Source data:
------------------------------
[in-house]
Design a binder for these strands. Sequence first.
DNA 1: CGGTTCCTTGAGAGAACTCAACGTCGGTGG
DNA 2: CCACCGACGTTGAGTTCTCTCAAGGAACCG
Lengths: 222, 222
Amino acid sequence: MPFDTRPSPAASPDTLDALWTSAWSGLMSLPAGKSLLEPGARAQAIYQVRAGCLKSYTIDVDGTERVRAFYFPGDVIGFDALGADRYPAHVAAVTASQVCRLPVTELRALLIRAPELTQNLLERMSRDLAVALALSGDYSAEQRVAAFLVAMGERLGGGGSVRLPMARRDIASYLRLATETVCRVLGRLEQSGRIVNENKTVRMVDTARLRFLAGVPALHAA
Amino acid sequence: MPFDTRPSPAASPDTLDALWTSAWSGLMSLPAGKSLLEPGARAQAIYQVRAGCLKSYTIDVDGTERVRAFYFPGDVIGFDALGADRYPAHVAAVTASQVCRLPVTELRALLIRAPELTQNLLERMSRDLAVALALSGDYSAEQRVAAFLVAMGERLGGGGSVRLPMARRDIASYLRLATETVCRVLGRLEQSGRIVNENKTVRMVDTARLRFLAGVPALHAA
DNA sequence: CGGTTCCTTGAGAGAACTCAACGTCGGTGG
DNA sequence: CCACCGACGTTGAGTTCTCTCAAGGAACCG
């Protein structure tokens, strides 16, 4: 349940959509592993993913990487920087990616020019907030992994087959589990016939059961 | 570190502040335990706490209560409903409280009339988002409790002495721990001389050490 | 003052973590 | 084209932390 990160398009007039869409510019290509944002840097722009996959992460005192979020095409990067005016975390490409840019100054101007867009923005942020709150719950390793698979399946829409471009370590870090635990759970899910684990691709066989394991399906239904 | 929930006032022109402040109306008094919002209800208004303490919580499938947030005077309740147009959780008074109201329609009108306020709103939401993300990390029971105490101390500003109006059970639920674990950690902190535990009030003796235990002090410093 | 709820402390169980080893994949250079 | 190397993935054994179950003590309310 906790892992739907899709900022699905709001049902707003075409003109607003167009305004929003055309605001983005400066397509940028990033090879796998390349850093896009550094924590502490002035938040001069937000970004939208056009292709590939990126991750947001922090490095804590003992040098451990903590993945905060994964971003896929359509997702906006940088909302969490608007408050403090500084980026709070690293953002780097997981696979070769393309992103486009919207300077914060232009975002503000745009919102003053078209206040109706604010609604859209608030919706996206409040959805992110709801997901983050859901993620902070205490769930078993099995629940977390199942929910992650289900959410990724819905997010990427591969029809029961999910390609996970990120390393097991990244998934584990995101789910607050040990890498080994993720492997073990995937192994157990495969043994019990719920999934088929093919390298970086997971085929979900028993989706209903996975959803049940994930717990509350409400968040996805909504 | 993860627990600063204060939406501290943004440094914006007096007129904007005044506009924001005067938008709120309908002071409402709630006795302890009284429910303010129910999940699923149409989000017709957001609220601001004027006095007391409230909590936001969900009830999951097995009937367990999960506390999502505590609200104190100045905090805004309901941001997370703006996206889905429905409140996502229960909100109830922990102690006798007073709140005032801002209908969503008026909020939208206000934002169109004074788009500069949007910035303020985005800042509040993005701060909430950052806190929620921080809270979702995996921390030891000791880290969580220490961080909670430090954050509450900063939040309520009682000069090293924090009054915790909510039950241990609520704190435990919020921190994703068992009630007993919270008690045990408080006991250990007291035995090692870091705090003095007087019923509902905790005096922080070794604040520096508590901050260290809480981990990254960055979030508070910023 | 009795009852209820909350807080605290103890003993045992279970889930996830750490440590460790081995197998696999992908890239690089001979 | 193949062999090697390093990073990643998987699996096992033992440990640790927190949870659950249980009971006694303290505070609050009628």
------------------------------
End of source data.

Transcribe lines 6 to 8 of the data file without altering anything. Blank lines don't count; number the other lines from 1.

Amino acid sequence: MPFDTRPSPAASPDTLDALWTSAWSGLMSLPAGKSLLEPGARAQAIYQVRAGCLKSYTIDVDGTERVRAFYFPGDVIGFDALGADRYPAHVAAVTASQVCRLPVTELRALLIRAPELTQNLLERMSRDLAVALALSGDYSAEQRVAAFLVAMGERLGGGGSVRLPMARRDIASYLRLATETVCRVLGRLEQSGRIVNENKTVRMVDTARLRFLAGVPALHAA
Amino acid sequence: MPFDTRPSPAASPDTLDALWTSAWSGLMSLPAGKSLLEPGARAQAIYQVRAGCLKSYTIDVDGTERVRAFYFPGDVIGFDALGADRYPAHVAAVTASQVCRLPVTELRALLIRAPELTQNLLERMSRDLAVALALSGDYSAEQRVAAFLVAMGERLGGGGSVRLPMARRDIASYLRLATETVCRVLGRLEQSGRIVNENKTVRMVDTARLRFLAGVPALHAA
DNA sequence: CGGTTCCTTGAGAGAACTCAACGTCGGTGG